Songkran is seriously fun. I arrived on Koh Tao last year the morning of Songkran, and no sooner had I exited the ferry than I was doused — bags and all — in buckets of water.
The only thing I could do? Grab a SuperSoaker and join in the action!
Oh, and it is super easy to make friends at the festival – even if you are traveling to Thailand alone!
13. The Full Moon Party, Meanwhile, Isn’t
Oh, yeah, there is this other festival in Thailand that you might have heard of. It’s called the Full Moon Party and it too is an experience.
A lot of people doing solo travel in Thailand will plan a trip around going to the Full Moon Party.
But the party in a lot of ways reflects some of the worst things about tourism in Thailand. I’ve been twice. And, to be honest, it’s far from the greatest party I’ve been to in my life.
You may be bummed out that, at least for now, covid-19 has put a stop to the Full Moon Party. But, look, if you want to party on your solo trip through Thailand there will be many opportunities, so don’t feel bad if you can’t make the Full Moon Party.
14. But You Should Go Anyway If It Re-Opens
With that said, the Full Moon Party can be fun and it is definitely a unique experience. When I went in April, it wasn’t nearly as overcrowded as I expected, there was lots of interesting entertainment, and I was surprised by just how gorgeous the beach was.
Plus, there are so many solo travelers at the party that it’s a great way to connect with others if you are traveling alone in Thailand.
So if they ever restart the party, and you’re in the area anyway, go ahead and have some fun. Just don’t be one of those drunk fools who makes an embarrassment out of visitors to Thailand.
15. Try to Watch as Many Sunsets as You Can
I know, I know, “watch the sunset” seems like a pretty lame solo travel tip right?
Well, tell me what you think after you’ve seen the sunset a half dozen times or so in Thailand. I’ve been around the world, and in my opinion, Thailand has some of the most consistently amazing sunsets in the world. And because you’re likely to spend a lot of time on islands while doing solo travel in Thailand, it’s always possible to find a westward facing view!
16. Don’t Exploit Elephants and Tigers Please
A decade ago, it was practically a right of passage for backpackers in Thailand to ride elephants and take a photo with tiger cubs at one of Thailand’s “tiger temples.”
These days we know the truth: this is animal abuse. The elephants are brutally beaten to become compliant enough to allow human riders, and Thailand’s unethical tiger temples drug the beautiful animals so that visitors can take photos with them. Cubs are even separated from their mothers.
Be an ethical traveler and skip the elephant riding and tiger selfies!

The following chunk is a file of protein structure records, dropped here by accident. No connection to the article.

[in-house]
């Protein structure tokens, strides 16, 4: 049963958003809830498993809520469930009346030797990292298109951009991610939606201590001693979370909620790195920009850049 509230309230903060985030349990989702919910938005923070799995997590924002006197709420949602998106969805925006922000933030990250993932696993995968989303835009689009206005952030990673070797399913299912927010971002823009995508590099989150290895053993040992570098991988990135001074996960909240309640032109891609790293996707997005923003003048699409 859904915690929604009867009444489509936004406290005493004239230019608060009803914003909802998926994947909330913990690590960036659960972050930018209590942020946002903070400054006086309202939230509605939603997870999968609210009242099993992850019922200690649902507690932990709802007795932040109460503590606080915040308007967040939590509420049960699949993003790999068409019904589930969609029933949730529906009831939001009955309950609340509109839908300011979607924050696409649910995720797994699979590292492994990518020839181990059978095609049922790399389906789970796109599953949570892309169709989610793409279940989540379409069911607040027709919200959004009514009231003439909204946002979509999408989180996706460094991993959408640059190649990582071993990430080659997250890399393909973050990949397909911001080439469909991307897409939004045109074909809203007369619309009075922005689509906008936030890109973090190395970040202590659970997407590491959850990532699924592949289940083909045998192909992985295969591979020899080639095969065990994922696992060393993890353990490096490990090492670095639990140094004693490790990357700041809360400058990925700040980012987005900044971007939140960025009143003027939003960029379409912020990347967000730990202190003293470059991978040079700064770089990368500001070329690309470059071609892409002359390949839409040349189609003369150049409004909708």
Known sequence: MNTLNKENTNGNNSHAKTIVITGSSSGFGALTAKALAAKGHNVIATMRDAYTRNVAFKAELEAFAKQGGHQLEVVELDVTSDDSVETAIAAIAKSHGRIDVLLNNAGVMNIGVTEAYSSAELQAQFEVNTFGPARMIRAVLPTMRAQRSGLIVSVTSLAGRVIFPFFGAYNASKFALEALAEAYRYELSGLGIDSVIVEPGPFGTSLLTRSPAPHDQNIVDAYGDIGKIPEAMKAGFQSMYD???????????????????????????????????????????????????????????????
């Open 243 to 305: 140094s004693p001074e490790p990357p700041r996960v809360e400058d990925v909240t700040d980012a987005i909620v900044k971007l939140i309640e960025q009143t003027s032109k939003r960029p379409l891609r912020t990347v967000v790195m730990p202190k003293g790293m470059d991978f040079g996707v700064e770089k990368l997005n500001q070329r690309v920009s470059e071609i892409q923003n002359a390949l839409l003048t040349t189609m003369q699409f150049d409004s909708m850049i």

17. Don’t Forget About Thailand’s North
While the Thai islands are great for their sunsets, don’t forget to plan to spend some time in Thailand’s gorgeous and mountainous north.
Chiang Mai is one of the most popular spots for solo travel in the world. You’ll spend your mornings exploring some of the most beautiful temples in the world, your afternoons hanging out with elephants (just don’t ride them), and your nights eating incredible street food.
Or head on up to Pai, where you can soak in life at one of the top backpacker towns in the world.
Pai is absolutely filled with other people traveling through Thailand solo – so you’re practically guaranteed not to be alone there 🙂
18. You’ll Have to Go Through Bangkok A Lot
Bangkok is the hub for pretty much any travel in Thailand (and Southeast Asia more generally). So, regardless of whether your itinerary is filled with the tourist hotspots or some off-the-beaten-path destinations, you’re likely to find yourself going through the city at a few points during your solo trip through Thailand.
In fact, after spending some time doing solo travel in Thailand, you’ll soon get familiar with the phrase “back to Bangkok.”
19. But Be Sure to Go Beyond Khaosan Road
Bangkok has something of a mixed reputation amongst solo travelers in Thailand. Some love it and some absolutely hate it.
But do you know what I think the difference is between those two groups of people?
The difference is whether they’ve explored the city beyond Khaosan Road, the famous tourist strip. I’ve found that a lot of solo travelers tend to spend a night or two on Khaosan, quickly sour on the crowded streets and over-the-top tourism, and never look back.
But there is a lot more to explore in Bangkok, and if you talk to people who take the time to travel beyond Khaosan, you’ll find that they almost universally fall in love with the city!
That’s it for these Thailand travel tips for visitors traveling Thailand alone!
But one last thing before you go: check out this neat trick that will help you get a free Lonely Planet Thailand pdf!
Solo travel in Thailand can be incredible. So enjoy your trip, and let me know in the comments if you have any questions or tips of your own for solo travel to Thailand!
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Enjoyed the article… Traveling to Thailand for a month… 25th of March to April 25